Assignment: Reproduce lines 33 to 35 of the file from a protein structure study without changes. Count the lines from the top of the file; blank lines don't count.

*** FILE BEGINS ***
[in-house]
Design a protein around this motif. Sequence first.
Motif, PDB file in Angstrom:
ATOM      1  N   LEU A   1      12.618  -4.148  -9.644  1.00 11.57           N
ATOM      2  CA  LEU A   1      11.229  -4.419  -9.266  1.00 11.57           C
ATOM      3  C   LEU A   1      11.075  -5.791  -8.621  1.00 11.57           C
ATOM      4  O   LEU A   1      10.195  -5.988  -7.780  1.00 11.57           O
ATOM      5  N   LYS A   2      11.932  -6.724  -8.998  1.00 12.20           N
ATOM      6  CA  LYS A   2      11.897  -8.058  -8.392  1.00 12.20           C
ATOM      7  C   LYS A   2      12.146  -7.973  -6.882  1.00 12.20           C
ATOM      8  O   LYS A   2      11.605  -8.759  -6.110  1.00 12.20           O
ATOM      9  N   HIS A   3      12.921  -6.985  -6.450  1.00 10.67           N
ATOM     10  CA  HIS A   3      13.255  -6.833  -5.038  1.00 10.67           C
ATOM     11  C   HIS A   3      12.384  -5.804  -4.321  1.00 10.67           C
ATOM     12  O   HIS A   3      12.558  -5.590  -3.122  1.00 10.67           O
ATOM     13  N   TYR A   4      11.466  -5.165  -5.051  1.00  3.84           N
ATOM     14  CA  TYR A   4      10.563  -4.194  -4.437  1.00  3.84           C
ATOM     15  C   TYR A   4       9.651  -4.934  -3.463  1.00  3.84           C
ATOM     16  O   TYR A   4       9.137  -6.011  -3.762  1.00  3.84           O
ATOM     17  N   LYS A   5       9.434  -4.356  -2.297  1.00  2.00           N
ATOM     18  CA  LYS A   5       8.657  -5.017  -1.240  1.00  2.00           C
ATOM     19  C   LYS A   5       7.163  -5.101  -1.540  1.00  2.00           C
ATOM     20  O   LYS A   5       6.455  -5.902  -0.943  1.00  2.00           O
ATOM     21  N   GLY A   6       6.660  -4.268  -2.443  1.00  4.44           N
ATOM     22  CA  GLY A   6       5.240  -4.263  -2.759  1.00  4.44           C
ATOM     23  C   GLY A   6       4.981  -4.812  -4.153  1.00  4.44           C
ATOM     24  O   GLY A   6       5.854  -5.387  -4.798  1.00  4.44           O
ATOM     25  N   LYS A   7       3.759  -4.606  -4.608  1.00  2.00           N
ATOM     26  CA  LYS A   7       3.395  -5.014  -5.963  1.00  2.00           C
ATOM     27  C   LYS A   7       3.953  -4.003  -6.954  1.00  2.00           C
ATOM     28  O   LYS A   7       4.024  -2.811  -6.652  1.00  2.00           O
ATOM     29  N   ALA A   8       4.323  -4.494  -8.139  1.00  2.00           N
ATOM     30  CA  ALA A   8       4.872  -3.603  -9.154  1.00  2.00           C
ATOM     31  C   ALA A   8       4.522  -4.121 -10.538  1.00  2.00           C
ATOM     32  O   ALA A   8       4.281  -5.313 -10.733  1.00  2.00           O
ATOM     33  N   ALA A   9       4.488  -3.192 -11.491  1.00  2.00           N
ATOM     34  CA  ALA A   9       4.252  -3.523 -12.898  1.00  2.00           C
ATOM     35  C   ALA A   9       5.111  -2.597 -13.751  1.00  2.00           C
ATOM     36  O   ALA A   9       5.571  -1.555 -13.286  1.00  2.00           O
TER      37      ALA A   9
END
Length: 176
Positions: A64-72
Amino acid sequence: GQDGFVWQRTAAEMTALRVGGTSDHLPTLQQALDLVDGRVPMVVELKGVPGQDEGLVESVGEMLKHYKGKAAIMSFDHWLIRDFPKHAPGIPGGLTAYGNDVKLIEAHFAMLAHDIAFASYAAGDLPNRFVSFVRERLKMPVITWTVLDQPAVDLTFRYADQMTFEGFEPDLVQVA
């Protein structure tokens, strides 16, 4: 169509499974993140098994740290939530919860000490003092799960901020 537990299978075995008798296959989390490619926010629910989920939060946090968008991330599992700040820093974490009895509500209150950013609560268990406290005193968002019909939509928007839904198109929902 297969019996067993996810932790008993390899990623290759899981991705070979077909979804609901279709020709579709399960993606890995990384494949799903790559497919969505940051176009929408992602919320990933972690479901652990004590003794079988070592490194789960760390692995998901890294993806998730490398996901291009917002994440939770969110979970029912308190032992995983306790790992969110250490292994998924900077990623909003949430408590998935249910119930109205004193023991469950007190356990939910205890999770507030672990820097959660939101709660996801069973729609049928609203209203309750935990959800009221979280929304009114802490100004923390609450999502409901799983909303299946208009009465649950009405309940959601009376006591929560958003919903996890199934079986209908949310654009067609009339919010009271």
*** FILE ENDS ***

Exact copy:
ATOM     30  CA  ALA A   8       4.872  -3.603  -9.154  1.00  2.00           C
ATOM     31  C   ALA A   8       4.522  -4.121 -10.538  1.00  2.00           C
ATOM     32  O   ALA A   8       4.281  -5.313 -10.733  1.00  2.00           O